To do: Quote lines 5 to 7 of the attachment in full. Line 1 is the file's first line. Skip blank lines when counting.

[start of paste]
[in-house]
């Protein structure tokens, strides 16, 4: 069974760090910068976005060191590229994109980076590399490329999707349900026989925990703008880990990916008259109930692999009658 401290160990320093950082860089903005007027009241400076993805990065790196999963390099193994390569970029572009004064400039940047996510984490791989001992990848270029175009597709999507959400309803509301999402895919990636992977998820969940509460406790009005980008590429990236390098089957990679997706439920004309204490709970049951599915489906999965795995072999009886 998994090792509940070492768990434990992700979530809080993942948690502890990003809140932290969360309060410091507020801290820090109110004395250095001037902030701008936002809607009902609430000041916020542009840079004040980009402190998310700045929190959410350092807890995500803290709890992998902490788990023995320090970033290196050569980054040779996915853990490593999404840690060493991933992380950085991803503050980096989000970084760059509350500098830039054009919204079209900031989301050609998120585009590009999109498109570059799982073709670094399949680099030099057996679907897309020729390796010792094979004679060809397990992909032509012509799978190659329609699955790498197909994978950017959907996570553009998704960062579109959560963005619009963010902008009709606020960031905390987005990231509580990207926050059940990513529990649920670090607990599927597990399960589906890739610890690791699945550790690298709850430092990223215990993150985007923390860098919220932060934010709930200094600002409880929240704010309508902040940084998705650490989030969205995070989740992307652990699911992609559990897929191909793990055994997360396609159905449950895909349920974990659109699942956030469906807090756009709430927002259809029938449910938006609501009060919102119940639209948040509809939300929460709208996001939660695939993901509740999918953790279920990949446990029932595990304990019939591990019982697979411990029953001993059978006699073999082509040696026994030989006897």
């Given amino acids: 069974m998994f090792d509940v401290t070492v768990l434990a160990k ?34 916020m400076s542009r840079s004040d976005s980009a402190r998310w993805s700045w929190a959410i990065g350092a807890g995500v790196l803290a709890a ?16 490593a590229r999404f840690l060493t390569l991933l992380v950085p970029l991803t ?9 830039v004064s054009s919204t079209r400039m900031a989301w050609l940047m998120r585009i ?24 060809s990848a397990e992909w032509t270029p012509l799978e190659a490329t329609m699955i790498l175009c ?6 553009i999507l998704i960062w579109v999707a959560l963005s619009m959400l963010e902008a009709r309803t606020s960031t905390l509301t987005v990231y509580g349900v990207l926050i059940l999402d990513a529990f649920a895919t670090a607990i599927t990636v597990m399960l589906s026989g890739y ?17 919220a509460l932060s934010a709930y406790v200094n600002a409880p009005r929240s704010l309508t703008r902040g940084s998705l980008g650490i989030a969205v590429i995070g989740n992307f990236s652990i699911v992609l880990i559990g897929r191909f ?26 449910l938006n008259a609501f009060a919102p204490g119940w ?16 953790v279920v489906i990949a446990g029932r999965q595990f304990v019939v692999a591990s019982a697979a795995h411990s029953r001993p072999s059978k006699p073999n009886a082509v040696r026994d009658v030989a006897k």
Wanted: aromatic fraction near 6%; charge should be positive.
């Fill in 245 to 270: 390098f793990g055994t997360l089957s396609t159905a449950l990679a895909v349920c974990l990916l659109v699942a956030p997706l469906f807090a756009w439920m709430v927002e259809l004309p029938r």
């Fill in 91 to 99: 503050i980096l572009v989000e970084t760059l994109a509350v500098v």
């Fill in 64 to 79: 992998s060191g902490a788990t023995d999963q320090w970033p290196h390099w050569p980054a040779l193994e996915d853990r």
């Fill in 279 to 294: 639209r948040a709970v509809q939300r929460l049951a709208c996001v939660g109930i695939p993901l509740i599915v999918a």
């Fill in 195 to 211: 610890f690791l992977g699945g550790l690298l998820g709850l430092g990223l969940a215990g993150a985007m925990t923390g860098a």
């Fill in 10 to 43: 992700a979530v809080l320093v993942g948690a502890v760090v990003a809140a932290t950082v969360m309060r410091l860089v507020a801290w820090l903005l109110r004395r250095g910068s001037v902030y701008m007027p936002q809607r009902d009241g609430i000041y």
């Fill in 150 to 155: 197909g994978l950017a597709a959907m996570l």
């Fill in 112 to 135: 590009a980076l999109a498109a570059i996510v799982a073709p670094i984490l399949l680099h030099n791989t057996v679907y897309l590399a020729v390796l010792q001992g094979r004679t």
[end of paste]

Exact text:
């Fill in 245 to 270: 390098f793990g055994t997360l089957s396609t159905a449950l990679a895909v349920c974990l990916l659109v699942a956030p997706l469906f807090a756009w439920m709430v927002e259809l004309p029938r």
């Fill in 91 to 99: 503050i980096l572009v989000e970084t760059l994109a509350v500098v």
């Fill in 64 to 79: 992998s060191g902490a788990t023995d999963q320090w970033p290196h390099w050569p980054a040779l193994e996915d853990r």